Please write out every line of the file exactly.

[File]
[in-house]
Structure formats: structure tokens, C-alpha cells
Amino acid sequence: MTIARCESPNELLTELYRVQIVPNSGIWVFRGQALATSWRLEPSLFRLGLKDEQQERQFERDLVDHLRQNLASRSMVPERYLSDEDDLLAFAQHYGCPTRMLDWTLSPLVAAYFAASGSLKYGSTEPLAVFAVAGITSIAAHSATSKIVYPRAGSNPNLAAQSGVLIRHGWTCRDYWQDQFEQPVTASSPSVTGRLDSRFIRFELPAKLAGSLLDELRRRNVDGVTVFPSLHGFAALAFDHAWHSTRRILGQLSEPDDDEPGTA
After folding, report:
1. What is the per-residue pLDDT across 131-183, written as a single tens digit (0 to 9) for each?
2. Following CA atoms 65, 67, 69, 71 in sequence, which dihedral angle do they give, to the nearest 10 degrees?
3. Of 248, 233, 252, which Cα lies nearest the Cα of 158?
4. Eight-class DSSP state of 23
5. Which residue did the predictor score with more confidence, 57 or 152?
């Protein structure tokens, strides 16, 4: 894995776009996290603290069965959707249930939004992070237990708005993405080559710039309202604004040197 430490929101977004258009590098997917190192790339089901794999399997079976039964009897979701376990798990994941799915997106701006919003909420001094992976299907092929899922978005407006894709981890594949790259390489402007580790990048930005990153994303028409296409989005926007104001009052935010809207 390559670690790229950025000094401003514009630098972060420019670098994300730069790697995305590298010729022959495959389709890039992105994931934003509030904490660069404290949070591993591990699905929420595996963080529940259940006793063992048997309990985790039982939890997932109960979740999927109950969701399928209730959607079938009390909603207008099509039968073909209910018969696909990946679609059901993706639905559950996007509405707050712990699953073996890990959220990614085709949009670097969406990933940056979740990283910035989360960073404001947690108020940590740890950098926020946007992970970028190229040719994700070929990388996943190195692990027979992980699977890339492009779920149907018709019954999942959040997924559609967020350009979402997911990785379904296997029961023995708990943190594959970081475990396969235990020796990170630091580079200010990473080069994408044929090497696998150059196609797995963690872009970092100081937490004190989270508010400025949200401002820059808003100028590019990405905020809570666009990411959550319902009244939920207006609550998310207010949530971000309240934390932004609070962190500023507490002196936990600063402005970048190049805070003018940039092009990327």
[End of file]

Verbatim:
[in-house]
Structure formats: structure tokens, C-alpha cells
Amino acid sequence: MTIARCESPNELLTELYRVQIVPNSGIWVFRGQALATSWRLEPSLFRLGLKDEQQERQFERDLVDHLRQNLASRSMVPERYLSDEDDLLAFAQHYGCPTRMLDWTLSPLVAAYFAASGSLKYGSTEPLAVFAVAGITSIAAHSATSKIVYPRAGSNPNLAAQSGVLIRHGWTCRDYWQDQFEQPVTASSPSVTGRLDSRFIRFELPAKLAGSLLDELRRRNVDGVTVFPSLHGFAALAFDHAWHSTRRILGQLSEPDDDEPGTA
After folding, report:
1. What is the per-residue pLDDT across 131-183, written as a single tens digit (0 to 9) for each?
2. Following CA atoms 65, 67, 69, 71 in sequence, which dihedral angle do they give, to the nearest 10 degrees?
3. Of 248, 233, 252, which Cα lies nearest the Cα of 158?
4. Eight-class DSSP state of 23
5. Which residue did the predictor score with more confidence, 57 or 152?
């Protein structure tokens, strides 16, 4: 894995776009996290603290069965959707249930939004992070237990708005993405080559710039309202604004040197 430490929101977004258009590098997917190192790339089901794999399997079976039964009897979701376990798990994941799915997106701006919003909420001094992976299907092929899922978005407006894709981890594949790259390489402007580790990048930005990153994303028409296409989005926007104001009052935010809207 390559670690790229950025000094401003514009630098972060420019670098994300730069790697995305590298010729022959495959389709890039992105994931934003509030904490660069404290949070591993591990699905929420595996963080529940259940006793063992048997309990985790039982939890997932109960979740999927109950969701399928209730959607079938009390909603207008099509039968073909209910018969696909990946679609059901993706639905559950996007509405707050712990699953073996890990959220990614085709949009670097969406990933940056979740990283910035989360960073404001947690108020940590740890950098926020946007992970970028190229040719994700070929990388996943190195692990027979992980699977890339492009779920149907018709019954999942959040997924559609967020350009979402997911990785379904296997029961023995708990943190594959970081475990396969235990020796990170630091580079200010990473080069994408044929090497696998150059196609797995963690872009970092100081937490004190989270508010400025949200401002820059808003100028590019990405905020809570666009990411959550319902009244939920207006609550998310207010949530971000309240934390932004609070962190500023507490002196936990600063402005970048190049805070003018940039092009990327």